[NOTE: Photographing a maker's mark: a Canon MP-E-65 mm lens allows for a super-macro image (extreme close-up) which shows exceptional detail when viewing an original image on a high definition monitor/screen. The detail in images using the Canon MP-E-65 lens captures a high resolution photograph in magnificent quality. For example, this lens captures the image of one third of the tip of a pencil point to yield a high resolution image as large as 40 inches by 40 inches (100 cm X 100 cm). When viewing images throughout this website, keep in mind that by reducing resolution required for an ink-jet printer (at 300 DPI), the image quality is lessoned to only satisfactory image quality, and for a website (at 72 DPI) the image quality details are significantly lessoned to fair or marginal qualities. The actual Direct Visual Comparison between "Marks" was conducted using the highest resolution images available.]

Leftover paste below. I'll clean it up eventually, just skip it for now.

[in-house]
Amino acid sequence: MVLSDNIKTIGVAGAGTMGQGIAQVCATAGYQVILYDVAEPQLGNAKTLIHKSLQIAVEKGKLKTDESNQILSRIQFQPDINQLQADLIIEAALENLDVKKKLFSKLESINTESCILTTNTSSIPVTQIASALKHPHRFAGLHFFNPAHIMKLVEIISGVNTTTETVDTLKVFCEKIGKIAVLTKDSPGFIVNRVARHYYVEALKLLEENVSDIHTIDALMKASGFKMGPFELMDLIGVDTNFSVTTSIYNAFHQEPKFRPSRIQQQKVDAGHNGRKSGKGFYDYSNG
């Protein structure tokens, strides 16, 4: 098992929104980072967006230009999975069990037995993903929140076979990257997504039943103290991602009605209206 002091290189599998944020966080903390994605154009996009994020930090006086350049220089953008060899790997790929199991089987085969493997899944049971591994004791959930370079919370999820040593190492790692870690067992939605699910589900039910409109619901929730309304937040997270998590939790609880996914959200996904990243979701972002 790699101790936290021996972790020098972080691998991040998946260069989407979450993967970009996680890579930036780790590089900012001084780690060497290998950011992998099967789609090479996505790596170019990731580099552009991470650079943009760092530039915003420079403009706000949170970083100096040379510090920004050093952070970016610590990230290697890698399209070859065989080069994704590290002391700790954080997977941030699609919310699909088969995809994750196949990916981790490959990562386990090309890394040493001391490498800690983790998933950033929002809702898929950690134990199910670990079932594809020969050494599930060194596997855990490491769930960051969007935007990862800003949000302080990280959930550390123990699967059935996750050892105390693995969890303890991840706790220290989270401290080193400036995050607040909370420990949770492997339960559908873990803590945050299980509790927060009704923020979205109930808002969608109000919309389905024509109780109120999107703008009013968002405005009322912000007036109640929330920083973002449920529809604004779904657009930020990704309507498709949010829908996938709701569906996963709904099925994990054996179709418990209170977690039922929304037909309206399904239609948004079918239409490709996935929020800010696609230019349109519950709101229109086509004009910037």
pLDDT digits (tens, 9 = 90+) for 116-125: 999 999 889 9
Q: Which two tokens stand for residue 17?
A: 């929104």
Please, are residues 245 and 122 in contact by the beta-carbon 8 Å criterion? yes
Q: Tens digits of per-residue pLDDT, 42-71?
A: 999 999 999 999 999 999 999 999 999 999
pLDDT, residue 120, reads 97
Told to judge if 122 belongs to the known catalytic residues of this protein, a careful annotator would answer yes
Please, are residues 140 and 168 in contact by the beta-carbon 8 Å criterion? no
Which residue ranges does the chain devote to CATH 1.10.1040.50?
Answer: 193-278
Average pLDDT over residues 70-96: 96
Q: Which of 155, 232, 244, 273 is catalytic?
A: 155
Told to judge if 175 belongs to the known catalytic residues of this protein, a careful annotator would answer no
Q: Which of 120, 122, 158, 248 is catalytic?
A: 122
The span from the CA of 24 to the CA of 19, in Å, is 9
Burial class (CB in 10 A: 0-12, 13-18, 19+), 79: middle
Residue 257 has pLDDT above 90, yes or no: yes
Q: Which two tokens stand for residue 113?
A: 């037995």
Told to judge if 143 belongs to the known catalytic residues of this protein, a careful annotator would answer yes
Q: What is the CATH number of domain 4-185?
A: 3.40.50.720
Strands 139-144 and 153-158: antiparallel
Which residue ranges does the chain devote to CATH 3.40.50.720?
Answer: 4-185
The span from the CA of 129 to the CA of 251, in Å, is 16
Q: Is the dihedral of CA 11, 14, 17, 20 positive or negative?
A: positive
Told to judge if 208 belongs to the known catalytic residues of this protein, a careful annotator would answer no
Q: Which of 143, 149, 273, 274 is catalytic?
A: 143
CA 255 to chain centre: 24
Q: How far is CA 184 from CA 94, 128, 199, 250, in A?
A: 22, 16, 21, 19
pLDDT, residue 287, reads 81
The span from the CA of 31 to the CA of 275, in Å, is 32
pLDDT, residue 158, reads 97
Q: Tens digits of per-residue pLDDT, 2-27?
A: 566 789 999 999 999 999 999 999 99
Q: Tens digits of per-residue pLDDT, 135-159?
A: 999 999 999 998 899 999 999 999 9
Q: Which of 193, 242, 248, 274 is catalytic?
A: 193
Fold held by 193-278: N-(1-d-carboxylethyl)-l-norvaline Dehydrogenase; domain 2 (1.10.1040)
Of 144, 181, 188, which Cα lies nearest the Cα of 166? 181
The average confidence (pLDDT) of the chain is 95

[NOTE: To view most of the Images within this Web Page in enlarged detail. ~ First, "right-click" with curser directly on the image and then select "Open Image in New Tab".]   

(I). Analyzing Marks ~ Direct Visual Comparison Of An Authenticated "Maker's Mark" Against A Spurious "Maker's Mark"

Comparitive image between authentic & spurious letter "R"NutmegGraters.Com acquired several authenticated examples of the Sayre and Richards "S & R" maker's marks [original sources include Winterthur's Decorative Arts Photographic Collection (DAPC),, Marks of American Silversmiths in the Ineson-Bissell Collection Louise Conway Belden, as well as other originations].  Using direct visual comparison between the authenticated mark (Fig C1) contrasted against the Canon MP-E-65 (a direct reflective lighting) image of the maker's mark under investigation (Fig D1) significant differences become apparent.